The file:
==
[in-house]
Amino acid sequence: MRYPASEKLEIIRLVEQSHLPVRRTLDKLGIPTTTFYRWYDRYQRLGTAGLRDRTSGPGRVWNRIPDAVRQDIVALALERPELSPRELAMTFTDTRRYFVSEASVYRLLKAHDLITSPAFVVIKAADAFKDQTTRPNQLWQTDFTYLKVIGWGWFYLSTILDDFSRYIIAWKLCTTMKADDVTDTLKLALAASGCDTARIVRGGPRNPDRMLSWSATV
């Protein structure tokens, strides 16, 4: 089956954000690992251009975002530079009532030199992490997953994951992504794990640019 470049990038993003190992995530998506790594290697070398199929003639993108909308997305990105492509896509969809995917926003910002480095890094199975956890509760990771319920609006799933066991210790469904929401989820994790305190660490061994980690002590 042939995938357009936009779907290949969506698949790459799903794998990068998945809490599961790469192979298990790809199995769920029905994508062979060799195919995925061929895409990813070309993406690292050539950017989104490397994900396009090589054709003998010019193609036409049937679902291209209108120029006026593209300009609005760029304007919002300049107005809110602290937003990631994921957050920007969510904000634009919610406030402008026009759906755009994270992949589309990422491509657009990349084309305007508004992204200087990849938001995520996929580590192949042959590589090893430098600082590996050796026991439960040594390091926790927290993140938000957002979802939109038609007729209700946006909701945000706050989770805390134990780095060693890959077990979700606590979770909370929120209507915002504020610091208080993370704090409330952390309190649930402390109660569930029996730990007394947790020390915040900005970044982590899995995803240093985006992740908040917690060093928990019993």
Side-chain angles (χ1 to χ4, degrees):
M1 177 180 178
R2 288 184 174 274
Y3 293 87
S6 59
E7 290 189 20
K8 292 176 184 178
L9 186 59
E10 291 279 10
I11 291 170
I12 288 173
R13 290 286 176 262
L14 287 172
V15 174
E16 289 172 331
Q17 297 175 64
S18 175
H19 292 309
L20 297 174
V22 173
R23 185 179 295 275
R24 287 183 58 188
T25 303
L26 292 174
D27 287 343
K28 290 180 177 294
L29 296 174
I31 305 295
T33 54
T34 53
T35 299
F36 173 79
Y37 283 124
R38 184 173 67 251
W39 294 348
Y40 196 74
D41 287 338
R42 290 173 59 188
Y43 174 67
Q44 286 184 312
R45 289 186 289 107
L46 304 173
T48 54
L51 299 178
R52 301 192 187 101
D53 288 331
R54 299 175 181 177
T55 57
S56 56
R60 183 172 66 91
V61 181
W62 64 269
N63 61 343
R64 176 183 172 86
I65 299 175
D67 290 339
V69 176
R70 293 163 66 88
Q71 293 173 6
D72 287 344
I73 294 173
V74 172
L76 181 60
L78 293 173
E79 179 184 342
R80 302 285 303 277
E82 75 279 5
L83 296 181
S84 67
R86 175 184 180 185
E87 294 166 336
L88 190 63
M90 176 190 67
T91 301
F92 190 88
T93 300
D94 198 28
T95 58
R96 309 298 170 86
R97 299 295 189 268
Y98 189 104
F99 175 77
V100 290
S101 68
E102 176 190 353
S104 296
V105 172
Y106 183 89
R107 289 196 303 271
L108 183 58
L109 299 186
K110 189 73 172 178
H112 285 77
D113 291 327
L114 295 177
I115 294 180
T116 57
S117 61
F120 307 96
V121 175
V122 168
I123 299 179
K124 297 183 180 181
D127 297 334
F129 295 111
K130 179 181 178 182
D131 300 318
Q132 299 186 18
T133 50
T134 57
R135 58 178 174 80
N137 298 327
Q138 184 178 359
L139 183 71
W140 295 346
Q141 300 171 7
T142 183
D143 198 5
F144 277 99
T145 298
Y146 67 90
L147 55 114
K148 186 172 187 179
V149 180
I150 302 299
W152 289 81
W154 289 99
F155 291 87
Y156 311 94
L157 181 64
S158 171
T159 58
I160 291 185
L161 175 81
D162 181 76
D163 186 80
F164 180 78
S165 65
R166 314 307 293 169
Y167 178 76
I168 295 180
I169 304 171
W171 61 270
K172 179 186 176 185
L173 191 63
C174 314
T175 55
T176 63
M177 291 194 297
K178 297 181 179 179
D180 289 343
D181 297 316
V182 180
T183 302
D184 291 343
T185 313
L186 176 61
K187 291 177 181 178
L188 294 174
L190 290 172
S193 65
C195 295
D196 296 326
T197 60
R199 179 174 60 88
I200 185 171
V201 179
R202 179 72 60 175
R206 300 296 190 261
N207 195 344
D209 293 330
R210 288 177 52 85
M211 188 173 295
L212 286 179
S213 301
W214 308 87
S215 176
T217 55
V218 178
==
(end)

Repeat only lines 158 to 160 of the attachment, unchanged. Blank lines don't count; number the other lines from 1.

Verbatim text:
D184 291 343
T185 313
L186 176 61